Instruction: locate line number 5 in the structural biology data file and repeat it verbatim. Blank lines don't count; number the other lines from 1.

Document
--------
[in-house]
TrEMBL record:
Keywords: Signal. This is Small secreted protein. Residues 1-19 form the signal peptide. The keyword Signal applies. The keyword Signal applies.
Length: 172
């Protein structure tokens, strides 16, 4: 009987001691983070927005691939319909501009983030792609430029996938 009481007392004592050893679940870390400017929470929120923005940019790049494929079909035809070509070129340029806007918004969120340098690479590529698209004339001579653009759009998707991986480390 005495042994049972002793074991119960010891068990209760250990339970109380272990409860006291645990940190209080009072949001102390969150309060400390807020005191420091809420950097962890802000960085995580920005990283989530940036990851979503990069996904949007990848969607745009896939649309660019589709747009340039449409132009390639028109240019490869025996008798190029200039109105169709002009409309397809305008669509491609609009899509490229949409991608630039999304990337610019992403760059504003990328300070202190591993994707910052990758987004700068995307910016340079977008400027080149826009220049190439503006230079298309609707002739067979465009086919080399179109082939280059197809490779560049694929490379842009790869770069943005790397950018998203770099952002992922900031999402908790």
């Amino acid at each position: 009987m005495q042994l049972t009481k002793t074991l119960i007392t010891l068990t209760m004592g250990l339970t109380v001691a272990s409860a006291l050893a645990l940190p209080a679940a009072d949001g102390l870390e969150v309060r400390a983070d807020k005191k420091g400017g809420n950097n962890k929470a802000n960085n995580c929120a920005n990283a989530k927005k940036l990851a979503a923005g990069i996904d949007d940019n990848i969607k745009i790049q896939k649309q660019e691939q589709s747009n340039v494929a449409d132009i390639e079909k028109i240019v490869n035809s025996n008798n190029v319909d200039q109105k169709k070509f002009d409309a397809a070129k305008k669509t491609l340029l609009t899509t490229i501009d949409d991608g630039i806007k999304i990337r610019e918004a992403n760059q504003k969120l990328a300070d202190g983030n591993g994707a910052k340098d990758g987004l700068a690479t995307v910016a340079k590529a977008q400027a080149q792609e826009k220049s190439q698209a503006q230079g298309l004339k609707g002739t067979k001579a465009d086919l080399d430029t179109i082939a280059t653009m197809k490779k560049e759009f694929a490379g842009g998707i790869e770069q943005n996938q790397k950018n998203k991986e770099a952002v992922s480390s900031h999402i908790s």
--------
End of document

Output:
């Protein structure tokens, strides 16, 4: 009987001691983070927005691939319909501009983030792609430029996938 009481007392004592050893679940870390400017929470929120923005940019790049494929079909035809070509070129340029806007918004969120340098690479590529698209004339001579653009759009998707991986480390 005495042994049972002793074991119960010891068990209760250990339970109380272990409860006291645990940190209080009072949001102390969150309060400390807020005191420091809420950097962890802000960085995580920005990283989530940036990851979503990069996904949007990848969607745009896939649309660019589709747009340039449409132009390639028109240019490869025996008798190029200039109105169709002009409309397809305008669509491609609009899509490229949409991608630039999304990337610019992403760059504003990328300070202190591993994707910052990758987004700068995307910016340079977008400027080149826009220049190439503006230079298309609707002739067979465009086919080399179109082939280059197809490779560049694929490379842009790869770069943005790397950018998203770099952002992922900031999402908790």